Sunday, April 21, 2013

On the airbourne properties of time

Time flies, except when it doesn't.

Like when the weekend, spent at a math competition at a suburban high school connecting with my most enthusiastic math-learners, has suddenly arrived at noon on Sunday, which means the day is half over, which means Monday is almost here.

Or when time seems to freeze when you get called to the principal's office in the middle of teaching because one of your students straight up left school during the transition from lunch to recess and he (the principal) tells you that sorry, he has to write you up, nbd, but you should really be more vigilant from now on.* But that was Thursday, and it seems like a month ago.

We start state standardized testing on Tuesday. Where my babies are subjected to a series to test designed to let (mostly) white, middle-class students succeed while poor students fail. I can't believe it's almost May. Even though school weeks seem to drag on, especially during school hours when I try to tell myself to breathe and not look mad so I can just get through the lesson and thus the rest of the day, on the whole the year seems to have flown by, probably because I'm doing my best to block out the most painful parts. I remember the times that were especially difficult, but I don't really. It's more like I know they were there, but I can only see them out of the corner of my eye, never fully in focus, never fully realized.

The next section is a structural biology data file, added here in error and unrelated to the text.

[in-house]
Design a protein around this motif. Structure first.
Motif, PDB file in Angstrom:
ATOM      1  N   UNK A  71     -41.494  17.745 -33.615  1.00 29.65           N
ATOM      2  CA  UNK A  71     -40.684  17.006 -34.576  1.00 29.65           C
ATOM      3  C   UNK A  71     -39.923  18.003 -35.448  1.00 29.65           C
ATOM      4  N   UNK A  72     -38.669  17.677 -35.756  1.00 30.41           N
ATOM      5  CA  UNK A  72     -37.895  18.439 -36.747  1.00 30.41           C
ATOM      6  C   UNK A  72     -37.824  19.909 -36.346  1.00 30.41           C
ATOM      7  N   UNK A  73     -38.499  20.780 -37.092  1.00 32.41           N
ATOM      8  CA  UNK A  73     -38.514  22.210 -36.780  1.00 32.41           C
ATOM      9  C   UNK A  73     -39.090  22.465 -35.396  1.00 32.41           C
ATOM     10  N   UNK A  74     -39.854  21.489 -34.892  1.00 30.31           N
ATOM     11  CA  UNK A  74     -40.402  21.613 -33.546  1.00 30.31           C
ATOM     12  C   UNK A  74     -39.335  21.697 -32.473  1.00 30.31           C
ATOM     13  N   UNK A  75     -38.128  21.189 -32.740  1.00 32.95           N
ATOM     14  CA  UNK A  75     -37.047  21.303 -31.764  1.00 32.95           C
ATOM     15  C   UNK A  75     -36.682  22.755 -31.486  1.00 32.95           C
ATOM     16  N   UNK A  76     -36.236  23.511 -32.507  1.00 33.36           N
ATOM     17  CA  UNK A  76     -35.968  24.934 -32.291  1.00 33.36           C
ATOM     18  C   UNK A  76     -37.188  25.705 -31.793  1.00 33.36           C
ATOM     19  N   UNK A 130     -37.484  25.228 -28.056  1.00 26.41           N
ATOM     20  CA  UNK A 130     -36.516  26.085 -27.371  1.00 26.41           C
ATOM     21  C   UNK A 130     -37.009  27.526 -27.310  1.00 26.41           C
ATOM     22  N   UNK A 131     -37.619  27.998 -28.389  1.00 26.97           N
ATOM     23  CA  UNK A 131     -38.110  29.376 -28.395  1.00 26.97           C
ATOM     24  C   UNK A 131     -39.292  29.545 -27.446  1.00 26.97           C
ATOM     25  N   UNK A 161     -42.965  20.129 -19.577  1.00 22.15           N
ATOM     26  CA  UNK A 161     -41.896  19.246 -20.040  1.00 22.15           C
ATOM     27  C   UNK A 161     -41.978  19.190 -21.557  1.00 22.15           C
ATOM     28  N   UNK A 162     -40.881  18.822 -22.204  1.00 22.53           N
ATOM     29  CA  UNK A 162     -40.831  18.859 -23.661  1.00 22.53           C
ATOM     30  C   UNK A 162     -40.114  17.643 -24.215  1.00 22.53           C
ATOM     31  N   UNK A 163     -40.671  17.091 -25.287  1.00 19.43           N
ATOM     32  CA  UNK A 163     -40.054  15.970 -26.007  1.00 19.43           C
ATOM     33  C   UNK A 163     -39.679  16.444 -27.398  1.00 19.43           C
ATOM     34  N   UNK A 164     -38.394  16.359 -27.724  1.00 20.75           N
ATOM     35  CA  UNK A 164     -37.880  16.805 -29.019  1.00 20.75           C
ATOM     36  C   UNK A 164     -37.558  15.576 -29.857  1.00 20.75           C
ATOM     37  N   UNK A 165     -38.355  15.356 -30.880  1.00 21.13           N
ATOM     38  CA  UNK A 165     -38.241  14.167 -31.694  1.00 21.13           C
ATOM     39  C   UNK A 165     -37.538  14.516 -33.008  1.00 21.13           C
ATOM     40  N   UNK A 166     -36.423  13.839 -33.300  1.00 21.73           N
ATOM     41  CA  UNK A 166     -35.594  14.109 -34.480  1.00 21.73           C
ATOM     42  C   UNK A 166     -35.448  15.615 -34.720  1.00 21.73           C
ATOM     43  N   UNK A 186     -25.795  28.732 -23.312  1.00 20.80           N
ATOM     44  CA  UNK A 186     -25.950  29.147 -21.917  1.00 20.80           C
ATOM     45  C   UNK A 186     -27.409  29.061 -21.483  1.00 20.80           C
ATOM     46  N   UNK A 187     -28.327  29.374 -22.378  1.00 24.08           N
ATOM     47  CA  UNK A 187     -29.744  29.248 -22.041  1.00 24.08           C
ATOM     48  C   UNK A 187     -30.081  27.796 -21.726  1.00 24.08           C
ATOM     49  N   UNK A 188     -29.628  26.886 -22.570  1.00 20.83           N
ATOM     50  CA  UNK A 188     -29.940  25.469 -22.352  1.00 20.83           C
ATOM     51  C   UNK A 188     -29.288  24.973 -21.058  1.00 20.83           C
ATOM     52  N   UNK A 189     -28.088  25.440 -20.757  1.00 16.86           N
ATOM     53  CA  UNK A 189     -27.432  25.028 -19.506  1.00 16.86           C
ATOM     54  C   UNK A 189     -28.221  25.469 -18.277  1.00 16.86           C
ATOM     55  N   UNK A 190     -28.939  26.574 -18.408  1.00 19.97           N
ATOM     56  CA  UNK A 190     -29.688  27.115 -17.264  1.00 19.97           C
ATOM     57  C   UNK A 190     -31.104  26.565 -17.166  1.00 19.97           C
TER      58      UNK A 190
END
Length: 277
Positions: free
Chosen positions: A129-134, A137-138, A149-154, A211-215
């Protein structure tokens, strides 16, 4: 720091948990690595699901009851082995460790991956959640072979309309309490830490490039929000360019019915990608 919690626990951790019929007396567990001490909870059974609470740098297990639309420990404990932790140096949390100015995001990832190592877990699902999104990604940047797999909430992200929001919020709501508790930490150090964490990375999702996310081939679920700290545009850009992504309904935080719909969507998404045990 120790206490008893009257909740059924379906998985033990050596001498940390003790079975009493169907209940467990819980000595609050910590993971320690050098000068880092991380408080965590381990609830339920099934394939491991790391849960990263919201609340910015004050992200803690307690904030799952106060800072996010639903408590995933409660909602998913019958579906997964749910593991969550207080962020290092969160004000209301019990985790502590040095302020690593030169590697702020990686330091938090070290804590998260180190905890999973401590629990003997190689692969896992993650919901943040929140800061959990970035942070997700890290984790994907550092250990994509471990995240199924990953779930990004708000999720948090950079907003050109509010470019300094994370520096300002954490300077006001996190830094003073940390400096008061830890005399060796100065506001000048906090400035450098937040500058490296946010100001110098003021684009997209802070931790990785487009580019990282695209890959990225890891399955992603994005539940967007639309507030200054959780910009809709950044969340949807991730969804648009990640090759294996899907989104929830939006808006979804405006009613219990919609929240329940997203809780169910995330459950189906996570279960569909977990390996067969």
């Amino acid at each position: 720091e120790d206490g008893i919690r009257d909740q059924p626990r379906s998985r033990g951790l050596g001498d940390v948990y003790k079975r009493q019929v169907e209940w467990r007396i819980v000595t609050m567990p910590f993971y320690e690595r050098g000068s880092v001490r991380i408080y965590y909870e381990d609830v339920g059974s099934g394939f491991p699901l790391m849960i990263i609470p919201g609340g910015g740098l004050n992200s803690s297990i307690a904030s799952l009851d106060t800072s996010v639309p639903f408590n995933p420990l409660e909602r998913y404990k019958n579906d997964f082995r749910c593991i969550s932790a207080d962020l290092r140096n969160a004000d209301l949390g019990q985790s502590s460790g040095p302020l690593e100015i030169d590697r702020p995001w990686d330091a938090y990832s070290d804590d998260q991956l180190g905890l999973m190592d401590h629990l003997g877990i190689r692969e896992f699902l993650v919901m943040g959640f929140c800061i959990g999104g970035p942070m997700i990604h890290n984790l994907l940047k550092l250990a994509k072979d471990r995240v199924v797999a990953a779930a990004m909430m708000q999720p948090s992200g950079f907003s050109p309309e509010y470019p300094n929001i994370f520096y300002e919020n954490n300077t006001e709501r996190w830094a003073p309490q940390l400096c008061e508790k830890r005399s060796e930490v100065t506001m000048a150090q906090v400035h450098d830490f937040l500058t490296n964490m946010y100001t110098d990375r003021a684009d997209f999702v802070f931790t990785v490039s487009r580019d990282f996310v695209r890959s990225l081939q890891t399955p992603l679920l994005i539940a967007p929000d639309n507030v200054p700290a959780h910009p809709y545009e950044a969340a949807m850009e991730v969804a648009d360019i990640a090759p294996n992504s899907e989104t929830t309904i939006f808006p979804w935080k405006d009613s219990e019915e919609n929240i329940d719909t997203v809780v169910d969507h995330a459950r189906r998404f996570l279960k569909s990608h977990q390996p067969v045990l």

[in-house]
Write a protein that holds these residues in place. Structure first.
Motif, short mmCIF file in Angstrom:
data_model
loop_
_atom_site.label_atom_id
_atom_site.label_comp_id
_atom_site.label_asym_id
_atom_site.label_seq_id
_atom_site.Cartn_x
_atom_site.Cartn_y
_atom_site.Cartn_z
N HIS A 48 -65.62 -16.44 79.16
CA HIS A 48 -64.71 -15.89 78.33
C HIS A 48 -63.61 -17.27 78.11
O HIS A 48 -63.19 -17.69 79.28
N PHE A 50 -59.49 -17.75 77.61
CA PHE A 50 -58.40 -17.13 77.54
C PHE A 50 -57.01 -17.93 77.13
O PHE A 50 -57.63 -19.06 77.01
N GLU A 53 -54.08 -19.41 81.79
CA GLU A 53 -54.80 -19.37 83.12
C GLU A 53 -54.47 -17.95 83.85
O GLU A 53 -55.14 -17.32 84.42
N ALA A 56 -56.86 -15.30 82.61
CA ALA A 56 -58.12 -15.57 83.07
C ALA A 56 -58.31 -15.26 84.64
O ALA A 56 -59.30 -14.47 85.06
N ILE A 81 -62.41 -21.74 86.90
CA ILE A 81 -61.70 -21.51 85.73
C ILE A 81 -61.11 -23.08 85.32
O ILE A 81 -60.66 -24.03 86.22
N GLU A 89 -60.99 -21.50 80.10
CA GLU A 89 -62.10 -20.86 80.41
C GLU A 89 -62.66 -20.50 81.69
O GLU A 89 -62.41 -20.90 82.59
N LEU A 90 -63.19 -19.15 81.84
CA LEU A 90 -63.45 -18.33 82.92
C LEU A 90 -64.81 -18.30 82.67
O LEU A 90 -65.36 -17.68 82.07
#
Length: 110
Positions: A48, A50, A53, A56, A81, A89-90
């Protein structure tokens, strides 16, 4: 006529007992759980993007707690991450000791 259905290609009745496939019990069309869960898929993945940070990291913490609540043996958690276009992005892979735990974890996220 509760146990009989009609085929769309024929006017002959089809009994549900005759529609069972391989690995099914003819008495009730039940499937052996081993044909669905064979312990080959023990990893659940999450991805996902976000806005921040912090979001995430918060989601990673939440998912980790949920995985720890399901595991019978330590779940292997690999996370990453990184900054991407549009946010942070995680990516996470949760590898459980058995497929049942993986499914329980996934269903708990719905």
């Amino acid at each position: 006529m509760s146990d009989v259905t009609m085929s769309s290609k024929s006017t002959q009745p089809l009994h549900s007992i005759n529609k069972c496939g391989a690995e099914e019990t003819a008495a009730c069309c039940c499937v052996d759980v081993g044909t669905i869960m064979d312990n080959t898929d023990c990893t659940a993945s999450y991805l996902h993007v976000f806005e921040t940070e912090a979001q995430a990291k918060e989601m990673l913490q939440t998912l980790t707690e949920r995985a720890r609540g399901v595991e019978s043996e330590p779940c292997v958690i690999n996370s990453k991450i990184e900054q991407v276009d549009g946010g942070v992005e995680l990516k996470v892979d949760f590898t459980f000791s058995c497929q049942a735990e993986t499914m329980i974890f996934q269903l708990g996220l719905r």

TFA will no doubt tell me to reflect on this whole year, but how can you reflect on the things you barely remember anymore? (I am in way no using this deep, profound blog post to avoid lesson planning.)

*Don't worry, the kid was fine, he just walked home and his neighbor called the school to tell us they found him.


  1. I know that a lot of this process has been miserable and hard, but it's been really interesting to read your blog entries about it. I think blocking out the worst parts and moving on is the best way to go (even if it makes reflecting harder in the end). It sounds like TFA has been an experience thus far, if nothing else, and I hope the next year looks up. (I'm right in thinking it's a two year program, right?)

  2. Blogging both the best and the worst moments can help you remember. Sometimes that is good because we tend to block out the bad and do it all over again.